The Department of Energy awarded electric truck developer Nikola Motor Co. a $1.7 million federal grant to pursue advanced fuel cell membrane-assembly technology.
The Phoenix, Ariz.- area company is a major proponent of fuel-cell electric powertrains for heavy trucks. It said it has advance orders for more than 14,000 Class 8 Nikola trucks, most of them using fuel cell systems.
Nikola will use the federal grant to research development of a more efficient way of assembling fuel cell membrane electrodes to increase durability and improve power output.
Fuel cells generate electricity in a thermo-chemical process that passes compressed hydrogen gas and oxygen through catalyst-coated membranes. The process of combining the two generates electricity, and also produces water. The water is used to cool down the reaction and forms the system’s only emission – typically water vapor.
The grant will fund a project in which Nikola’s fuel cell researchers will team with researchers at Carnegie Mellon University in Pittsburgh, Pa., Northwestern University in Chicago and Atlanta-based Georgia Institute of Technology.
They want to create a process that can utilize the most advanced fuel cell components to produce electrode membranes that can reliably handle heavy-duty applications needed for long-distance freight trucks.
Nikola’s team will be able to leverage academic expertise, Energy Department resources and its own research “to accelerate a breakthrough that will benefit the entire hydrogen and fuel cell industry,” said Jesse Schneider, head of Nikola’s fuel cell technologies effort.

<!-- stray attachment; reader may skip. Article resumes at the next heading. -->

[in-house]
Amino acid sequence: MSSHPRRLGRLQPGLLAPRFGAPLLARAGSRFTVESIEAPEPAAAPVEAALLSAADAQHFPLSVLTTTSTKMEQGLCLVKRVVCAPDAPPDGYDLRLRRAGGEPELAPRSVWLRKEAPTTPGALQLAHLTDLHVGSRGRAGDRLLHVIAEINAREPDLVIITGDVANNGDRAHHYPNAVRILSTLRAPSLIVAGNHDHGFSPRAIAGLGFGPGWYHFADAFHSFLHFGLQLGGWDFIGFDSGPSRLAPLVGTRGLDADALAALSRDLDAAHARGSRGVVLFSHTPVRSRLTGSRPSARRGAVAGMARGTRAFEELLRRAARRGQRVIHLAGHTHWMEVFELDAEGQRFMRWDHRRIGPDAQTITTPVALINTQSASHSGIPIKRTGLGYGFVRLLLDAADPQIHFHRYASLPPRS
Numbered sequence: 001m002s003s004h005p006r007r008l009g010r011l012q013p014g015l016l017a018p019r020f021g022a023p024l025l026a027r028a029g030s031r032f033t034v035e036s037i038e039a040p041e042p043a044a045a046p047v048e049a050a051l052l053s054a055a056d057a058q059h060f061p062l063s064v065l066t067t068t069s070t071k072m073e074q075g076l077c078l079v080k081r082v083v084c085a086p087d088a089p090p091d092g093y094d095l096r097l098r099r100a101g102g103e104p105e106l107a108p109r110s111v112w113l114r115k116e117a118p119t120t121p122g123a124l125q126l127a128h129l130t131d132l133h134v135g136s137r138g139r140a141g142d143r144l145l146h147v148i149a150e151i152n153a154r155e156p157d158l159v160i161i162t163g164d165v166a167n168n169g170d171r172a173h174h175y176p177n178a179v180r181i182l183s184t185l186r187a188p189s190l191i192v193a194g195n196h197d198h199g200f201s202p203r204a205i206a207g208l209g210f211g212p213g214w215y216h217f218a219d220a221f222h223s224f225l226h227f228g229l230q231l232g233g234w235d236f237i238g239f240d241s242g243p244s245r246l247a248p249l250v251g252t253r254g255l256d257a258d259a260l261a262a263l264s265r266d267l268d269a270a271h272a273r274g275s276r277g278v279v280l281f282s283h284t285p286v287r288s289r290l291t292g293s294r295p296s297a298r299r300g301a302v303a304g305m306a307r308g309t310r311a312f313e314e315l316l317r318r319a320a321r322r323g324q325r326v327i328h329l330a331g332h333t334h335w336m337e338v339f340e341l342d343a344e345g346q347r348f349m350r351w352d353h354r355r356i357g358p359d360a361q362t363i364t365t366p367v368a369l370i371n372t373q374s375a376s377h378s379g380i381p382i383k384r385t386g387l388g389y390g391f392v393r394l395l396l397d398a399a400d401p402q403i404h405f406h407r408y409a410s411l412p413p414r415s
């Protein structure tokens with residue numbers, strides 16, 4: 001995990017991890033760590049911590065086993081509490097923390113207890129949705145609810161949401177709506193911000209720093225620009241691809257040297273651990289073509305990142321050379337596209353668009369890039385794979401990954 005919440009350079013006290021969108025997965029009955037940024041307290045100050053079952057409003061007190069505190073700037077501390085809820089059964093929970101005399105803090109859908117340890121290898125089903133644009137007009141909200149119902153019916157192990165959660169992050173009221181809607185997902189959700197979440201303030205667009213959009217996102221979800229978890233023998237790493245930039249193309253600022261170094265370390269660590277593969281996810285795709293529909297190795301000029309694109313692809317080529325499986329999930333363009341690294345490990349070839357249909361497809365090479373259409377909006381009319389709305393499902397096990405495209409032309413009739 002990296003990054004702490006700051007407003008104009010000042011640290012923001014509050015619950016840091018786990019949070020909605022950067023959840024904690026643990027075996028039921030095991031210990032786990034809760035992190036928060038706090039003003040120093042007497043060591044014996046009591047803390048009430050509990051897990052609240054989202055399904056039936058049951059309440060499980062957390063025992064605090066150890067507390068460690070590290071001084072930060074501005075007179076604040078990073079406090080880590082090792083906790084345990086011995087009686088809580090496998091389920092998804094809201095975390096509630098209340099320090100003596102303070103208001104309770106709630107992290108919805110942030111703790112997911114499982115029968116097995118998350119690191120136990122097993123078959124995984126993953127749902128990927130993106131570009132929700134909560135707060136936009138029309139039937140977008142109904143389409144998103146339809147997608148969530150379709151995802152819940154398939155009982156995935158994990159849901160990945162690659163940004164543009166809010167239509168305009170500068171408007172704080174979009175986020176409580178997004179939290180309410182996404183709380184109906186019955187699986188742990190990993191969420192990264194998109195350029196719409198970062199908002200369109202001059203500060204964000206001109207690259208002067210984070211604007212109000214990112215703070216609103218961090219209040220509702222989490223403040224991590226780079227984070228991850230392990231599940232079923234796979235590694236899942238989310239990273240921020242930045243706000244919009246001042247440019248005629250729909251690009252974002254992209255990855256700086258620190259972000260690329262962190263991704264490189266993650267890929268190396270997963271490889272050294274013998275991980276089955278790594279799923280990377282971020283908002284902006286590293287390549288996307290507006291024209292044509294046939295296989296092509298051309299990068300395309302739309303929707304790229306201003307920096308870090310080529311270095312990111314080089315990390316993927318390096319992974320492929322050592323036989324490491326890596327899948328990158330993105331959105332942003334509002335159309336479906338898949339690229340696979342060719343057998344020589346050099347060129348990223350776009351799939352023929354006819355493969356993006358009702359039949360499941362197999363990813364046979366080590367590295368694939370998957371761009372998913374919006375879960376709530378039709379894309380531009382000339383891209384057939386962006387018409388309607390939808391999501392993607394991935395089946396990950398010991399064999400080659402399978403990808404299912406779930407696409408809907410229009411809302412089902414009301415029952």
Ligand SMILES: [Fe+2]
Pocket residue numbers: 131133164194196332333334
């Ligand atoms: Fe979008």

The Energy Department will provide resources through its Fuel Cell Consortium for Performance and Durability.
The department awarded the grant under its $51 million Commercial Trucks and Off-Road Applications program for the 2019 fiscal year.
Separately, Nikola and Norway’s NEL Hydrogen are being considered for a $2 million hydrogen fuel-development award from the Energy Department. NELs and Nikola are partners in the development of commercial hydrogen fueling stations for Nikola trucks.
Nikola has said it already is building trucks for fleet testing and will begin producing trucks for commercial customers in 2022. The company will build battery-electric trucks as well as fuel cell electric models, but expects the fuel cell trucks to make up the bulk of its business.
Rival electric semi-truck developer Tesla has said it will have its battery-electric Class 8 truck in production in 2020. Tesla chief executive Elon Musk has said he doesn’t believe that fuel cell technology is viable for electric cars or trucks. Toyota Motor Corp. also is developing heavy-duty fuel cell trucks.